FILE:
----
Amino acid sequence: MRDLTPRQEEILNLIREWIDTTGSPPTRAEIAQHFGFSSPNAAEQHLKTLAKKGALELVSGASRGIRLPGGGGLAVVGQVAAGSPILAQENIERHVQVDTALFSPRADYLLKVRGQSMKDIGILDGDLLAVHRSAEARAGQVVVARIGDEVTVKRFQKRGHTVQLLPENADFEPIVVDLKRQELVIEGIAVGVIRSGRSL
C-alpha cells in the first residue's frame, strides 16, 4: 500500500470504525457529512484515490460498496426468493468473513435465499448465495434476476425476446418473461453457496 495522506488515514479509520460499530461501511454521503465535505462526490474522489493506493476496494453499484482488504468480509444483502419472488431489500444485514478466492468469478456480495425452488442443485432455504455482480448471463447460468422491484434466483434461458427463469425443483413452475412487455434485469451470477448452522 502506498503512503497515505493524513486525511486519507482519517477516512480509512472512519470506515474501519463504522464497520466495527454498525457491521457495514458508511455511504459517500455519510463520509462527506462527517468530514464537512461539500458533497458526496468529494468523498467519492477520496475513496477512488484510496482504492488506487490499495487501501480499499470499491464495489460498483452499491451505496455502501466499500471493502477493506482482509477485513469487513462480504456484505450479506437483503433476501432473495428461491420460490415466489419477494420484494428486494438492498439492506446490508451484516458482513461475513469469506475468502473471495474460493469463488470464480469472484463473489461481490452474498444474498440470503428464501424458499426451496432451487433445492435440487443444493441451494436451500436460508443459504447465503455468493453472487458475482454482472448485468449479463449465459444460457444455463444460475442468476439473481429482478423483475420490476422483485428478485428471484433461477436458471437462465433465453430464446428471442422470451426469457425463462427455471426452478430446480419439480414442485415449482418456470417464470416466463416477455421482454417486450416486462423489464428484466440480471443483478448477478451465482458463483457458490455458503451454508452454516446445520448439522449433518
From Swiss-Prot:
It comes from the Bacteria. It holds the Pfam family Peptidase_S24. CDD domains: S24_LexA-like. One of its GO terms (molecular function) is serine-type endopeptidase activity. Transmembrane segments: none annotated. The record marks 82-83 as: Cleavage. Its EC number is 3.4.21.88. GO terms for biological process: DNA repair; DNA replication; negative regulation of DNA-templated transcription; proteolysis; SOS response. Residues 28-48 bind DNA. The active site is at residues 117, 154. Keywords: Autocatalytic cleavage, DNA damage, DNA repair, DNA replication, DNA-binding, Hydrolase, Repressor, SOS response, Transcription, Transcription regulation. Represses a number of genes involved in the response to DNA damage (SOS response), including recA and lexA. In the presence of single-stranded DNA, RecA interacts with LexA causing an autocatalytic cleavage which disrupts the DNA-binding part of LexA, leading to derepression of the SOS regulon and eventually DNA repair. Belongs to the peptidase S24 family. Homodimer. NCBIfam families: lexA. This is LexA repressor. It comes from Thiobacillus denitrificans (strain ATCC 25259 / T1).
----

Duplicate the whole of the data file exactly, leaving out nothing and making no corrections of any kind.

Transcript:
Amino acid sequence: MRDLTPRQEEILNLIREWIDTTGSPPTRAEIAQHFGFSSPNAAEQHLKTLAKKGALELVSGASRGIRLPGGGGLAVVGQVAAGSPILAQENIERHVQVDTALFSPRADYLLKVRGQSMKDIGILDGDLLAVHRSAEARAGQVVVARIGDEVTVKRFQKRGHTVQLLPENADFEPIVVDLKRQELVIEGIAVGVIRSGRSL
C-alpha cells in the first residue's frame, strides 16, 4: 500500500470504525457529512484515490460498496426468493468473513435465499448465495434476476425476446418473461453457496 495522506488515514479509520460499530461501511454521503465535505462526490474522489493506493476496494453499484482488504468480509444483502419472488431489500444485514478466492468469478456480495425452488442443485432455504455482480448471463447460468422491484434466483434461458427463469425443483413452475412487455434485469451470477448452522 502506498503512503497515505493524513486525511486519507482519517477516512480509512472512519470506515474501519463504522464497520466495527454498525457491521457495514458508511455511504459517500455519510463520509462527506462527517468530514464537512461539500458533497458526496468529494468523498467519492477520496475513496477512488484510496482504492488506487490499495487501501480499499470499491464495489460498483452499491451505496455502501466499500471493502477493506482482509477485513469487513462480504456484505450479506437483503433476501432473495428461491420460490415466489419477494420484494428486494438492498439492506446490508451484516458482513461475513469469506475468502473471495474460493469463488470464480469472484463473489461481490452474498444474498440470503428464501424458499426451496432451487433445492435440487443444493441451494436451500436460508443459504447465503455468493453472487458475482454482472448485468449479463449465459444460457444455463444460475442468476439473481429482478423483475420490476422483485428478485428471484433461477436458471437462465433465453430464446428471442422470451426469457425463462427455471426452478430446480419439480414442485415449482418456470417464470416466463416477455421482454417486450416486462423489464428484466440480471443483478448477478451465482458463483457458490455458503451454508452454516446445520448439522449433518
From Swiss-Prot:
It comes from the Bacteria. It holds the Pfam family Peptidase_S24. CDD domains: S24_LexA-like. One of its GO terms (molecular function) is serine-type endopeptidase activity. Transmembrane segments: none annotated. The record marks 82-83 as: Cleavage. Its EC number is 3.4.21.88. GO terms for biological process: DNA repair; DNA replication; negative regulation of DNA-templated transcription; proteolysis; SOS response. Residues 28-48 bind DNA. The active site is at residues 117, 154. Keywords: Autocatalytic cleavage, DNA damage, DNA repair, DNA replication, DNA-binding, Hydrolase, Repressor, SOS response, Transcription, Transcription regulation. Represses a number of genes involved in the response to DNA damage (SOS response), including recA and lexA. In the presence of single-stranded DNA, RecA interacts with LexA causing an autocatalytic cleavage which disrupts the DNA-binding part of LexA, leading to derepression of the SOS regulon and eventually DNA repair. Belongs to the peptidase S24 family. Homodimer. NCBIfam families: lexA. This is LexA repressor. It comes from Thiobacillus denitrificans (strain ATCC 25259 / T1).